Saturday 4 April, 2020

Jamaican Caitlin Chang wins historic fencing medal at CAC Games

Caitlin Chang (left) participating in the semi-finals of the women's epee fencing competition against fellow Jamaican Caira Moreira-Brown. Chang won the match 15-9.

Caitlin Chang (left) participating in the semi-finals of the women's epee fencing competition against fellow Jamaican Caira Moreira-Brown. Chang won the match 15-9.

Caitlin Chang won Jamaica its first ever medal in fencing at the Central American and Caribbean (CAC) Games, a silver, in the final of the individual epee competition on Saturday in Barranquilla, Colombia.

Chang, who began competing in the morning session, took silver after going down 10-15 to Cuba’s Jocelyn Cruz in the final.

“I did better than I expected today and it’s great to win a medal for Jamaica,” said Chang. “I am sad I lost the finals, but I’m just putting it in the back of my mind and I’m just super happy now that I managed to get this for myself and my team-mates. They really spurred me on the whole day, they really, really crazily cheered me on.

“It’s just an amazing feeling to have gotten a medal at these Games.”

Commenting on the historical aspect, she said: “We’re fairly new in terms of federations, so winning this medal for fencing is special. It’s very emotional because it’s historic in a way, it’s our first senior medal at this Games. I think one of our team-mates won something similar in qualifying. But this is a historic moment and I’m a part of that.”

Head of the Delegation for the Jamaica team, Lieutenant General Derrick Robinson, and Ryan Foster, CEO of the Jamaica Olympic Association (JOA), commended her efforts.

Robinson said: “It’s an excellent performance. I believe it’s the first fencing medal that we’ve got at the Central American and Caribbean Games. It’s good for the sport and tomorrow I know there are other competitions that we’ll be entering in and we look for more successes.”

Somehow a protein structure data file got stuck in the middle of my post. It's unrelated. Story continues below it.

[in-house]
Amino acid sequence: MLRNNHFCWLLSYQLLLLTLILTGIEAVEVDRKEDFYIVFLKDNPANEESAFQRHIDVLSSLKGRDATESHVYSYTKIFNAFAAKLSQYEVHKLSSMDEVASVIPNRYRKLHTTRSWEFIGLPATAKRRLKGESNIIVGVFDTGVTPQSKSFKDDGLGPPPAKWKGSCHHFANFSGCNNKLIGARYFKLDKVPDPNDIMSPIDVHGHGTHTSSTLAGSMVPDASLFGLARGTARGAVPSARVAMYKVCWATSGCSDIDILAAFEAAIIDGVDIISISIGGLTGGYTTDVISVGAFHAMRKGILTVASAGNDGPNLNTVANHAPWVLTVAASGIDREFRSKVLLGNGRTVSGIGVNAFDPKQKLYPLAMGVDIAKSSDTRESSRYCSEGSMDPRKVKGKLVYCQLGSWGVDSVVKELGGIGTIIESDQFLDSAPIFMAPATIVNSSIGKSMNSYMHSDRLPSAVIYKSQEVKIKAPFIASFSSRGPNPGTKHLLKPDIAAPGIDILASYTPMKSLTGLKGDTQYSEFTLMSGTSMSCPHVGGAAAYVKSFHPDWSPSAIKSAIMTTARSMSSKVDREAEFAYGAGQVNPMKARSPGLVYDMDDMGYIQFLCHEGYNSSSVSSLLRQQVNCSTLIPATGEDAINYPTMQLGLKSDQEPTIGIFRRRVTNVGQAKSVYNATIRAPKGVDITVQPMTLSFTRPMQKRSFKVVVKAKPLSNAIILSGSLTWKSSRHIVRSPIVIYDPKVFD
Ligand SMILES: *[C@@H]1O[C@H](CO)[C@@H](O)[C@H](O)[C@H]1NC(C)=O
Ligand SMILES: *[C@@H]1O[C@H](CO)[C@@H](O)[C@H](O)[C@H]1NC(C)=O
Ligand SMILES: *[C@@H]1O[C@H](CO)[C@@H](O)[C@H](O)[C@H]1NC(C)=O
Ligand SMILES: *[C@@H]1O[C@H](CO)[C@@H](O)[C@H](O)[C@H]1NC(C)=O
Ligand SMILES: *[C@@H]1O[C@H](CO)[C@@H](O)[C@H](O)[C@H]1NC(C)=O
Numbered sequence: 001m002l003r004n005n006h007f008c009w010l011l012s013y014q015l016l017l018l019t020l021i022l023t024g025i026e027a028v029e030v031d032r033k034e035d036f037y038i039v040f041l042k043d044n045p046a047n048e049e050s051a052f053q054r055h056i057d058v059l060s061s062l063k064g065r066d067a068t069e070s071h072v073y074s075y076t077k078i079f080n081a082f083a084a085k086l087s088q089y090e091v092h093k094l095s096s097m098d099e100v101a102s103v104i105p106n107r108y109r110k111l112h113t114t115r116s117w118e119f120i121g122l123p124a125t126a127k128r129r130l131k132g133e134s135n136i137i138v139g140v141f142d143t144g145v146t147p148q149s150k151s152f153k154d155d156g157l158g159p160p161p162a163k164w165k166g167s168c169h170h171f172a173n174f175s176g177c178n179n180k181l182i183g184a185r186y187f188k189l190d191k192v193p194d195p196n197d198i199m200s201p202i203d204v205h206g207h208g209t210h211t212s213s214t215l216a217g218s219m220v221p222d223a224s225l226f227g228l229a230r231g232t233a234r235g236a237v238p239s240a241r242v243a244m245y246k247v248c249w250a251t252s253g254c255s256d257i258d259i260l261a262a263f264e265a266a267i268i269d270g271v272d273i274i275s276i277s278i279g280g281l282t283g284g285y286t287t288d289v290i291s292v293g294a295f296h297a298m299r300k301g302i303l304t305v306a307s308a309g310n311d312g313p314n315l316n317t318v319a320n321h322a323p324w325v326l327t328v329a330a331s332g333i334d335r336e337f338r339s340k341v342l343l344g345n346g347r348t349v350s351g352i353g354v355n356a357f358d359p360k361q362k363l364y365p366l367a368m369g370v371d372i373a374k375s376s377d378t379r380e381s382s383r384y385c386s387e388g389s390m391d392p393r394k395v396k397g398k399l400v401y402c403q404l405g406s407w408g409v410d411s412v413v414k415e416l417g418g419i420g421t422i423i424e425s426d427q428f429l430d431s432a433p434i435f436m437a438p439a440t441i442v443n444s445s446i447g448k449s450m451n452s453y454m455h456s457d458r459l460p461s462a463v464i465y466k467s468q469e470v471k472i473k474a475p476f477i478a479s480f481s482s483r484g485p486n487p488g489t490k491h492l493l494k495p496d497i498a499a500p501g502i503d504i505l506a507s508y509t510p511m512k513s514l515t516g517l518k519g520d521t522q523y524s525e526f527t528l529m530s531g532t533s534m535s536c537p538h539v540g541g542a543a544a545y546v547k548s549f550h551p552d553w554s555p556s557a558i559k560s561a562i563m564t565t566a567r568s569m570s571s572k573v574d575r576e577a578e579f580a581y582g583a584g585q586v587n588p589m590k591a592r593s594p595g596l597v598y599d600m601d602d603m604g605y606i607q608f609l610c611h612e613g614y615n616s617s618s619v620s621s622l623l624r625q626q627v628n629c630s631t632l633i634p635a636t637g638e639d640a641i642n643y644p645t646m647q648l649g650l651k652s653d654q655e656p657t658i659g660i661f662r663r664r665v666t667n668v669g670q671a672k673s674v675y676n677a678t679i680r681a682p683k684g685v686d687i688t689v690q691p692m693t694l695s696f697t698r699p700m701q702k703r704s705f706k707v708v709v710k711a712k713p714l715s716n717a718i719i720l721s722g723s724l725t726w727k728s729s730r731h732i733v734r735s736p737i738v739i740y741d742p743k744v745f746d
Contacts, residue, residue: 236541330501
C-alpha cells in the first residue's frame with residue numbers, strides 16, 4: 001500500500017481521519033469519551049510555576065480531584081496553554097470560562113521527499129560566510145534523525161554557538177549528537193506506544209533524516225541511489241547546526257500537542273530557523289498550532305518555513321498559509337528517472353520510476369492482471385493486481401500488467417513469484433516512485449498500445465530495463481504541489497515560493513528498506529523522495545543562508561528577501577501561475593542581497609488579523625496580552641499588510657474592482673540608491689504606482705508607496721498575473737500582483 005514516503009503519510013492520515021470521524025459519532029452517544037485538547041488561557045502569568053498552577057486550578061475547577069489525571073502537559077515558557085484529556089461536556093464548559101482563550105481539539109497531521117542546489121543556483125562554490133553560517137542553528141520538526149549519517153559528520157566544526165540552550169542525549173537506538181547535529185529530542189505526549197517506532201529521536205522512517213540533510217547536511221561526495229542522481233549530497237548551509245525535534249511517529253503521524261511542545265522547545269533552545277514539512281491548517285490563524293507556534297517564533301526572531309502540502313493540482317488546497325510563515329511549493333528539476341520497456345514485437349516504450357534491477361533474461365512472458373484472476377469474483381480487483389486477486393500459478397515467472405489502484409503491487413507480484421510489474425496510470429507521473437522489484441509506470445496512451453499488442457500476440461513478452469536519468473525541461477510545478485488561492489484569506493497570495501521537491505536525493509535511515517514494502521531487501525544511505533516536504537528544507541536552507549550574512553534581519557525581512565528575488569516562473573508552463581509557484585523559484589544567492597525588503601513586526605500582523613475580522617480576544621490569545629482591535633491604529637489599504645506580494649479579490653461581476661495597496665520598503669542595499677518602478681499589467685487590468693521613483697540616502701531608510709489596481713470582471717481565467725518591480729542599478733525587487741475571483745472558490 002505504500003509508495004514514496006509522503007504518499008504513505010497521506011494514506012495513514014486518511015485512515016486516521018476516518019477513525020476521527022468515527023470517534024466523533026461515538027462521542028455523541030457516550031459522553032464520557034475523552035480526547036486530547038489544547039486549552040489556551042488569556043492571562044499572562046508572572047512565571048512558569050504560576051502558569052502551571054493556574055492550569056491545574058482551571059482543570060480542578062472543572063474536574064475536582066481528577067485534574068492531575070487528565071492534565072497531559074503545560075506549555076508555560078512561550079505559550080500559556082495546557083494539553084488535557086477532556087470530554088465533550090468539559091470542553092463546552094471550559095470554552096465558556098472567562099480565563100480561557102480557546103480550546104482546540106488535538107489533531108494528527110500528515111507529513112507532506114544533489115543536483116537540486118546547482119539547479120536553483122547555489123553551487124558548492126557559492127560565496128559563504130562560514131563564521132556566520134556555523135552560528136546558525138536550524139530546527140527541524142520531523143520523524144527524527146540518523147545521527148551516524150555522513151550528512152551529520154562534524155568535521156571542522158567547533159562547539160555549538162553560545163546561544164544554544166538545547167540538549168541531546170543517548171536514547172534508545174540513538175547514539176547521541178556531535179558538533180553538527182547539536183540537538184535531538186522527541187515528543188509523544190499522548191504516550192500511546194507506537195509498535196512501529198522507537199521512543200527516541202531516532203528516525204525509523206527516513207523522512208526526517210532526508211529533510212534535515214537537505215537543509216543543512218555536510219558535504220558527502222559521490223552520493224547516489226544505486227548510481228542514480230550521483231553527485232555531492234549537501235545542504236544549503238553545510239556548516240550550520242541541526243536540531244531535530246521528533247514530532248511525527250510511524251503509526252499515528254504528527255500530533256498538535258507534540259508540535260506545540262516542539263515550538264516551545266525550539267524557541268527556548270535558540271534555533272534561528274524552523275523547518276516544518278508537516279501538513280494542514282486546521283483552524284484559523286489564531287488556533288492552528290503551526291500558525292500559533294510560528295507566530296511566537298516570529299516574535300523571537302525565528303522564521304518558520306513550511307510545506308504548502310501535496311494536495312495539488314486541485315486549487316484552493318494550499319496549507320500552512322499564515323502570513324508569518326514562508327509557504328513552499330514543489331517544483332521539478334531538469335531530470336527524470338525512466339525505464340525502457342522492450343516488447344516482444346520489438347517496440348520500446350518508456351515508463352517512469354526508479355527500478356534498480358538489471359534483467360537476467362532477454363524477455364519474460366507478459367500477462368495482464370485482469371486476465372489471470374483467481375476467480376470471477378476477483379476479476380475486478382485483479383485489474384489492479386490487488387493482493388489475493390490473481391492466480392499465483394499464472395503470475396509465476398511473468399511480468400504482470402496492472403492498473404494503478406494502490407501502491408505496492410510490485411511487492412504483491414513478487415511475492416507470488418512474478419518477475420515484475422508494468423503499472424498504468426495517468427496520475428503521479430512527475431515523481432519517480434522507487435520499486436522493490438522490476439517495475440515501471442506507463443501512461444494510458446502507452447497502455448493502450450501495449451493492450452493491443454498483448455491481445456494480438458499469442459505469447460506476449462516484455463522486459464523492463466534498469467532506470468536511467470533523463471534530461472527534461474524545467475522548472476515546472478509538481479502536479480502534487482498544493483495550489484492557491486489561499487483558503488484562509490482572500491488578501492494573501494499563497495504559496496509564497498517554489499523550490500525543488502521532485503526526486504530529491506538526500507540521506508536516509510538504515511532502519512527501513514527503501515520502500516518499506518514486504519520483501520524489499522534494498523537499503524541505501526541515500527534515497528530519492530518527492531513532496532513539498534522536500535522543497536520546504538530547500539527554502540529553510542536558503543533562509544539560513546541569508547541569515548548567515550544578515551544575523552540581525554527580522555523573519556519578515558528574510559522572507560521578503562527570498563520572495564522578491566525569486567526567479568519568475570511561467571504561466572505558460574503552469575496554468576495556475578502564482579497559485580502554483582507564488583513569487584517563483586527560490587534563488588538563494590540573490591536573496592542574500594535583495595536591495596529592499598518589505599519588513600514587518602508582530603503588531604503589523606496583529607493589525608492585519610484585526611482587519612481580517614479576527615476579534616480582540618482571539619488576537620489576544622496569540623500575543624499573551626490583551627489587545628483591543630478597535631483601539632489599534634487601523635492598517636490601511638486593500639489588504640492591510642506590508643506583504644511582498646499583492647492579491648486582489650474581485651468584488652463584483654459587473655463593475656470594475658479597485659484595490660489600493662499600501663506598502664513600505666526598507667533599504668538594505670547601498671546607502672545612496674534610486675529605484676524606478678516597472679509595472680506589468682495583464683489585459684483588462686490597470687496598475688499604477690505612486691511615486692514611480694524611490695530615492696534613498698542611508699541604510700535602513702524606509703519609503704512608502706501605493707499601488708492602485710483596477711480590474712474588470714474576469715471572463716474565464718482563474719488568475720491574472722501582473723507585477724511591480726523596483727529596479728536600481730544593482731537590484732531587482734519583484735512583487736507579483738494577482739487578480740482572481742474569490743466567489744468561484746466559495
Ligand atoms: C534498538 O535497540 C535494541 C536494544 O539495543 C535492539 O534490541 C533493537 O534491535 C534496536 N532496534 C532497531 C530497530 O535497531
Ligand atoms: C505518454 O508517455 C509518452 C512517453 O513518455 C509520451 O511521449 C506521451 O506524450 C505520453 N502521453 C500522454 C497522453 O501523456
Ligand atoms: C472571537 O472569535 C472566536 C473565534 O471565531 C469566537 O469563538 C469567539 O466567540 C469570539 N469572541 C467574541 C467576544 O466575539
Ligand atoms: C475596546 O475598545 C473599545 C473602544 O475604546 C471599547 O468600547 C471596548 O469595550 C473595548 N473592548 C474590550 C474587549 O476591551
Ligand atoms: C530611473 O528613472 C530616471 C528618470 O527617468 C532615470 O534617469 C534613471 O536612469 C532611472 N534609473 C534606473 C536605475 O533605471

Foster remarked: “Another first for the JOA. This medal symbolises the broadened movement in support by the JOA in allowing other sport the platform to showcase the strength of our country’s ability to perform outside of track and field.”

He added: “I’m extremely pleased to see the variety in medals thus far as we have now won medals in squash, swimming and now fencing. Our 10 in 20 campaign is well on the way."

Chang’s historic medal kept Jamaica 10th on the table with eight medals – three gold, one silver and four bronze.

She had begun her march to the final with a 15-9 victory over Caira Moreira-Brown in an all-Jamaica match-up, one which left her deflated, then inspired.

“It was really sad I had to fence my team-mate in the first round, in the last 16, Ciara. It was heart-breaking, I cried afterwards, I felt so awful to have to put my team-mate out of the competition. It was really sad. It was a hard thing to come through,” Chang shared.

“But I had to keep myself focused and get myself back into the competition and just focus on what I needed to do. Once I fenced Ciara I said I had to do this for Ciara … I need to win this medal for Ciara, it was an inspiration for me to really get further,” she added.

That Chang did in her very next match, eliminating Costa Rica’s Andrea Campos 15-9.

That qualified her for the evening semi-finals, which turned out to be a very competitive affair against the Dominican Republic’s Maria Martinez. The Jamaican duly obliged, winning 11-10 to set up the gold medal game against Cruz, who proved superior.

In men’s fencing, individual sabre, Jamaica’s Donovan Deans made a winning start in morning play, easily dispatching the US Virgin Islands’ Theodor Weller 15-8 in his first encounter.
However, Deans found the going much tougher in his second round clash against Venezuela’s Jose Quintero and lost 15-9.

Meanwhile, Jamaica’s much vaunted track and field outfield will begin competition on Sunday, where the marquee 100-metre men’s and women’s events sharing the spotlight with Traves Smikle and Basil Bingham, who will chase medals in the men’s discus final.

Jonielle Smith and Natasha Morrison will lead the women’s 100m medal chase, with Nesta Carter and Kimmari Roach headlining the men’s charge. Among those running the longer sprint is 200m specialist Rasheed Dwyer.

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